Chris Tessone, of Even the Devils Believe, has authored a couple of posts “the faith of LGBT Christians” (October 30, 2007) and “In defense of Hillary Clinton, human being” (March 6, 2008) that question the appropriateness of clergy endorsing political candidates. In the first post, Tessone, a priest in the Independent Catholic Christian Church, writes, “This brings up a very serious issue — how does a clergy person who has endorsed Obama — in a primary where the candidates largely agree on critical justice issues, so there is nothing pressing for clergy to need to endorse — how does such a clergy person stand in front of the LGBT people they serve and answer the question of why he or she has endorsed a candidate at the price of their human dignity? There are serious pitfalls when clergy endorse candidates for office, and one of them is on display now as the Obama campaign maligns all religious people who don’t fit Obama’s particular kind of populist Christian conservatism.” In the comments section, Tessone claims that a lot of clergy are sacrificing their integrity by endorsing candidates.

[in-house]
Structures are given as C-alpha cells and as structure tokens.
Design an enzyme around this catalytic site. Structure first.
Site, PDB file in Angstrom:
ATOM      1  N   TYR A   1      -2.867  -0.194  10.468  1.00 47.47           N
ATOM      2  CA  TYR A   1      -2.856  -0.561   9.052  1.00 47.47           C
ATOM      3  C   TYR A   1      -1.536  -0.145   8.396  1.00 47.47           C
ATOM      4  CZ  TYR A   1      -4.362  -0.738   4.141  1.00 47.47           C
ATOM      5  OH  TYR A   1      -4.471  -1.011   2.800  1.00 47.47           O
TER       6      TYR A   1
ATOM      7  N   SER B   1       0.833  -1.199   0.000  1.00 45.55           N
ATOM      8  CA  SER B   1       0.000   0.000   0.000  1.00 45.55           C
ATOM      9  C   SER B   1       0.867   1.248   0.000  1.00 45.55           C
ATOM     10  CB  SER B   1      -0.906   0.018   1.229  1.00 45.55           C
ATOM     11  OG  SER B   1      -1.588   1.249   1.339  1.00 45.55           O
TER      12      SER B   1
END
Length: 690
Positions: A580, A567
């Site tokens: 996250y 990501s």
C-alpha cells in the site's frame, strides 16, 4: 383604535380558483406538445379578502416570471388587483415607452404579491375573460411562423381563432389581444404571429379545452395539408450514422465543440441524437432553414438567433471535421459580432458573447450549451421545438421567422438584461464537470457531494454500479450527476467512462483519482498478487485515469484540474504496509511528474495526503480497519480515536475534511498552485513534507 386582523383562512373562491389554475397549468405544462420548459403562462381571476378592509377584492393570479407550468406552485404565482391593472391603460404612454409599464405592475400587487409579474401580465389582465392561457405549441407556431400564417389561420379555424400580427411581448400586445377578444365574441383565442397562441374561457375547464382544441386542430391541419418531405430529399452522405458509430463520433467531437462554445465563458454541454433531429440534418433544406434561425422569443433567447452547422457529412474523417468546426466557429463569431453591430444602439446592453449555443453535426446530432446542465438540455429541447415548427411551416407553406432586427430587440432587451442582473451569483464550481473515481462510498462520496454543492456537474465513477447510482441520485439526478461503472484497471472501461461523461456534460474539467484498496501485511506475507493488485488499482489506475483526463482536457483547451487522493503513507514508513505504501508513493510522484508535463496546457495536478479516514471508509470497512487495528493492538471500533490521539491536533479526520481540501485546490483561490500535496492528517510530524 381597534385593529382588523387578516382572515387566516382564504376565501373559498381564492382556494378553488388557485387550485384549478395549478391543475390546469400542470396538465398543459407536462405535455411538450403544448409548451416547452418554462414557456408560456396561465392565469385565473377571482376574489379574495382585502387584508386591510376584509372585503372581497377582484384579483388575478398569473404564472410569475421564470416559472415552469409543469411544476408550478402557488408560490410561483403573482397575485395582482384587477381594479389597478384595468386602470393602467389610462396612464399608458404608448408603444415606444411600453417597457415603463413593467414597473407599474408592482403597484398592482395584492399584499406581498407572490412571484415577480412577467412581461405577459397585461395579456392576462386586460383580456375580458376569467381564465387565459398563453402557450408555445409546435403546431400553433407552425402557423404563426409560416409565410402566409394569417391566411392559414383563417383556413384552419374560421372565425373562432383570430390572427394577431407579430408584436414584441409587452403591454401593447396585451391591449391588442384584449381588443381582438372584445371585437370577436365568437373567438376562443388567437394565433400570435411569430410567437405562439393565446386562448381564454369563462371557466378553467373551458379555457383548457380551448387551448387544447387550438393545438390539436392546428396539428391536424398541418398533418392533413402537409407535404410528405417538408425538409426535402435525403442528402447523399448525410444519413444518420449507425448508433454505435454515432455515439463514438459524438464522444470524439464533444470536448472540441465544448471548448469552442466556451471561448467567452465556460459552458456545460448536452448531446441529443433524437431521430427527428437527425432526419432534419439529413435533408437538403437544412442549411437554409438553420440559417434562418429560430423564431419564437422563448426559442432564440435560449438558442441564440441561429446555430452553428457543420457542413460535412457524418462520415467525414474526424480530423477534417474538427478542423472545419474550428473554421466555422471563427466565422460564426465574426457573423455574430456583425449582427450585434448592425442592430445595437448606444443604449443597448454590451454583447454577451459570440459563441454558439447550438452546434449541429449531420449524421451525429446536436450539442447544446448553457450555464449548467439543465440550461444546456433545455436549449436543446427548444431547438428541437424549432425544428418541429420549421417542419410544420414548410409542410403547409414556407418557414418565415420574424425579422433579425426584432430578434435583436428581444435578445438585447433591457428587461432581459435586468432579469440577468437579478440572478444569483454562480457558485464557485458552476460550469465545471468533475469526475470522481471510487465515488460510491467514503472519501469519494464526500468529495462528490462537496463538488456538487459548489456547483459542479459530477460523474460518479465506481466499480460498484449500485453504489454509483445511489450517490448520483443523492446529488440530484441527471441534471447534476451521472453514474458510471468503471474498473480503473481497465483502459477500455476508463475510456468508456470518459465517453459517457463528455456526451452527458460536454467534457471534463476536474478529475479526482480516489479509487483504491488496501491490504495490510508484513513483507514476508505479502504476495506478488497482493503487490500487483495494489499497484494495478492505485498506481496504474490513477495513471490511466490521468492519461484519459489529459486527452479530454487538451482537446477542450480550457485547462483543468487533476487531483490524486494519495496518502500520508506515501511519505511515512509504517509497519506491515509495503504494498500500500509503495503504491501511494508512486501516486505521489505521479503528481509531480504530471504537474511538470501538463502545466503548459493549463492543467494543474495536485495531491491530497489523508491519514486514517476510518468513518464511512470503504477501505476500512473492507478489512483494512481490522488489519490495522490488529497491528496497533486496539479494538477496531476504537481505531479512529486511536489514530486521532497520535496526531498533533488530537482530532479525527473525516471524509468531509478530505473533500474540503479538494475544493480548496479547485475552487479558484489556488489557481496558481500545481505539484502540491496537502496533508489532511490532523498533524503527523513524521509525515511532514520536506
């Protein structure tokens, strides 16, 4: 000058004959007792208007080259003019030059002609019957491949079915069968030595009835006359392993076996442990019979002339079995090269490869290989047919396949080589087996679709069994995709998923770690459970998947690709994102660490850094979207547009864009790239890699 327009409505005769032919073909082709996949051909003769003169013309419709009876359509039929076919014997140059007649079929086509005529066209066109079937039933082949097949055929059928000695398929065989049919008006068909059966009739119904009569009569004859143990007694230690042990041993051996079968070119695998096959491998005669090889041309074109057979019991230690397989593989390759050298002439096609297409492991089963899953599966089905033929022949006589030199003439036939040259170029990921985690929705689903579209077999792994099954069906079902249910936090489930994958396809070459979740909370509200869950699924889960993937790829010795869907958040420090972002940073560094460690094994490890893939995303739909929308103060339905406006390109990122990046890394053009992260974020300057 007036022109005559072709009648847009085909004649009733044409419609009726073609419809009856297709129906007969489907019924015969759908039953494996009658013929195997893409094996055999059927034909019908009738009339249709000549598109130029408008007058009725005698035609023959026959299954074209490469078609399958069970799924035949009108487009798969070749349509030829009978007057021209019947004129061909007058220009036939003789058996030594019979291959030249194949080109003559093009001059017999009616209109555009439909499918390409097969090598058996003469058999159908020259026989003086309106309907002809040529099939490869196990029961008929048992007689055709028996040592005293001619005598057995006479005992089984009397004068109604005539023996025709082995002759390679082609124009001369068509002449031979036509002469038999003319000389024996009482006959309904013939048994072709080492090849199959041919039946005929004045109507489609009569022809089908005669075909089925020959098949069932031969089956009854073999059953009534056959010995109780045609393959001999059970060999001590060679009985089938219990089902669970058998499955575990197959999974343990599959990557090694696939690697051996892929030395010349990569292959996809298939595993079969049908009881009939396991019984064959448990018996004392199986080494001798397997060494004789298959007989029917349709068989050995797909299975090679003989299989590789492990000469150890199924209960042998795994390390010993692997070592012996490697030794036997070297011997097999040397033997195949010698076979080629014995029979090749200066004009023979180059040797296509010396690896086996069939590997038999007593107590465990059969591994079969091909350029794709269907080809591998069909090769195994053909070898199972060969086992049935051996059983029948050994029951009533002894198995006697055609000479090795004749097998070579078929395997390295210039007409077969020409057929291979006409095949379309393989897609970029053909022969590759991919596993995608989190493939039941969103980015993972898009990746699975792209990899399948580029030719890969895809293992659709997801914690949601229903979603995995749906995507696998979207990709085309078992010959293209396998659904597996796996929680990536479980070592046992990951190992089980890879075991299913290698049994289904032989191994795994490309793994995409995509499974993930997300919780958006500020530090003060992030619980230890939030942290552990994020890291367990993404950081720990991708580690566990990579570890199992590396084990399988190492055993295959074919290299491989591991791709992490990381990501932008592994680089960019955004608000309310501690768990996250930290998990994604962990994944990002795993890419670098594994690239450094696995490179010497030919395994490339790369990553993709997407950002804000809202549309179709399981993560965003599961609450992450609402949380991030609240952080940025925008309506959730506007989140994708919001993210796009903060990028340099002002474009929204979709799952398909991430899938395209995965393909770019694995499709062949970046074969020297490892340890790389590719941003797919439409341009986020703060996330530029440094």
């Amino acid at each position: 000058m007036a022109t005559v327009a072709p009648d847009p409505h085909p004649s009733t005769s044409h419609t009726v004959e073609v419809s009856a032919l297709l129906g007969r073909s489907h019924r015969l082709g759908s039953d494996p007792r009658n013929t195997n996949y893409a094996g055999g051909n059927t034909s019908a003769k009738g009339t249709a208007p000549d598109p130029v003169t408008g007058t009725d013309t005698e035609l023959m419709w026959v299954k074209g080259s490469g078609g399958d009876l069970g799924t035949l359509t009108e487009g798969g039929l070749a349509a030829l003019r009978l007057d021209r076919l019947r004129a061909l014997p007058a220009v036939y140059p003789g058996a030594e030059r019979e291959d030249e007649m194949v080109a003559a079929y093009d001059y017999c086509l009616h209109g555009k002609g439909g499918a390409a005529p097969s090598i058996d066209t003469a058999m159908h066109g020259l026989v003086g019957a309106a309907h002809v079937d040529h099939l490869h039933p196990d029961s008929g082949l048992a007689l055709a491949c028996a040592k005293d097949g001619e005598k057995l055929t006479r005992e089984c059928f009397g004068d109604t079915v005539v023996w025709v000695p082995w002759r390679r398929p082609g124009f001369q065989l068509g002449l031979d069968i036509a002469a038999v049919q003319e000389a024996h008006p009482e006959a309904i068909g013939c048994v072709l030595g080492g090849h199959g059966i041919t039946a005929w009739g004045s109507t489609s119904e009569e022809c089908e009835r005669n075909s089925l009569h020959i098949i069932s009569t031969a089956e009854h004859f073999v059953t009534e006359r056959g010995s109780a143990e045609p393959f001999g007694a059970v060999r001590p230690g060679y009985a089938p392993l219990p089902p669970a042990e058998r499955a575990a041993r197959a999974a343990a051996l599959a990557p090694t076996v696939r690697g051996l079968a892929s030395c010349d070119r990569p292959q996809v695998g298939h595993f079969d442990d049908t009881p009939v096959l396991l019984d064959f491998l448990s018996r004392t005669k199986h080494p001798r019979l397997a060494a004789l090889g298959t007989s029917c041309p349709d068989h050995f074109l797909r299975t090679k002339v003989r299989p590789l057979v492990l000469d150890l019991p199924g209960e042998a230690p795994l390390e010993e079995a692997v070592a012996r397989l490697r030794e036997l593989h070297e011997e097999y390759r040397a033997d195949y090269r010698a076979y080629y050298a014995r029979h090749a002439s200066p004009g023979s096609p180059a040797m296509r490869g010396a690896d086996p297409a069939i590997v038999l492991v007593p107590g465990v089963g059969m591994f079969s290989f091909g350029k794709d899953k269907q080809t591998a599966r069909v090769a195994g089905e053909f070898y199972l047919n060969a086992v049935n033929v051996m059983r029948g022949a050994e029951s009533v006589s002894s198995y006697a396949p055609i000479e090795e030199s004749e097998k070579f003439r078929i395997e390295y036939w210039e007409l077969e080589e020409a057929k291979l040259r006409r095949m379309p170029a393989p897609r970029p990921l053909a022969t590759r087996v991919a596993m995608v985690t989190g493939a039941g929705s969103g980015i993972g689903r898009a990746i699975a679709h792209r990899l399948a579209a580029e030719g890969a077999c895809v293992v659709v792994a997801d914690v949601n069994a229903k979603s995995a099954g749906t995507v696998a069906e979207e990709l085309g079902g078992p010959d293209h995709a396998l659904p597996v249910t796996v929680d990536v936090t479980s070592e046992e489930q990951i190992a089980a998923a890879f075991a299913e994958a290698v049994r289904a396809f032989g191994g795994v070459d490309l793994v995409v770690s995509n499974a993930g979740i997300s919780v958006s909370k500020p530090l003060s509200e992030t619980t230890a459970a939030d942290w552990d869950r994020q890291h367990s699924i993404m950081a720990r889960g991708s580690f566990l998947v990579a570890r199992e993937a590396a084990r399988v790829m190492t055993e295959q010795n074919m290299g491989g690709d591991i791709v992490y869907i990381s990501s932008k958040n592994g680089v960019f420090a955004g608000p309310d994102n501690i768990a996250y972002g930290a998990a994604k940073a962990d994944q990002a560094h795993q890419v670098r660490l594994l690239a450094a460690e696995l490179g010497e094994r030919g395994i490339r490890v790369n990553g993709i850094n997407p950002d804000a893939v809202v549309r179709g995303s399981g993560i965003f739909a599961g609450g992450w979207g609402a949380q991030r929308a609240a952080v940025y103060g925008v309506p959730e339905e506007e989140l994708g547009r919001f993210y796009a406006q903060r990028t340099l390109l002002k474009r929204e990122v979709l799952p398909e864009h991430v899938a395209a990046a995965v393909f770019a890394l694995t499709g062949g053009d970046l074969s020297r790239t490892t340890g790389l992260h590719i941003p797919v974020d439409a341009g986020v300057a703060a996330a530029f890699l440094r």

I cautiously dissent. But first I’d like to object to Tessone’s characterization of Obama’s campaign as “maligning all religious people who don’t fit Obama’s particular kind of populist Christian conservatism.” Tessone particularly objected to Obama’s statement that “Part of the reason that we have had a faith outreach in our campaigns is precisely because I don’t think the LGBT community or the Democratic Party is served by being hermetically sealed from the faith community and not in dialogue with a substantial portion of the electorate, even though we may disagree with them.” Tessone concludes from this statement that Obama is saying that the LGBT community is entirely separate and apart from the faith community. I don’t think that is what Obama was getting at all. Instead, I think Obama was alluding to the fact that 1) in defense of separation of church and state, 2) to respect peoples of different faiths, and 3) in objection to the hate language used against the LGBT community by a great many in the faith community, that a lot of social justice advocacy groups as well as the Democratic Party have absented themselves from public use of faith language and/or the engaging in faith dialogue. No longer do we have, it might seem, a George McGovern who in his last TV campaign address before the 1972 election quoted from Deuteronomy: “I call heaven and earth to witness before you today that I have set before you life and death, blessings and curses. Choose life so that you and your descendants may live.”Now to the matter of clergy endorsements. The dangers or pitfalls that Tessone refers to are real. Our task as clergy is to embrace and enact God’s truth, but more by Word and Sacrament than by legislation or political activism. We in the holy orders are to promote intimate contact with God, who is without blemish, whereas all political candidates, to greater or lesser degrees, are possessed of human frailties. Further, churches are not allowed to endorse political candidates unless they first forfeit their tax exempt status and clergy may not endorse either from the pulpit or while on church property or at church functions. I don’t care for clergy using their sermons to make a winking “non-endorsement endorsement” of their favored candidate. Chris is right to warn of the dangers of antagonizing members of our congregations. We run the very real risk of stepping on the Biblical message of Christian unity. And yet that unity is not based on lack of disagreement, but is instead rooted in mutual respect for differing views as we work toward common spiritual purposes. And yet the real danger for me of endorsing a candidate is that it may actually cause me to “pull back” in my sermons regarding social justice issues for the very concern of seeming to advance my candidate through preaching. I haven’t been preaching about land mines or U.S.- Cuba relations. (See below.)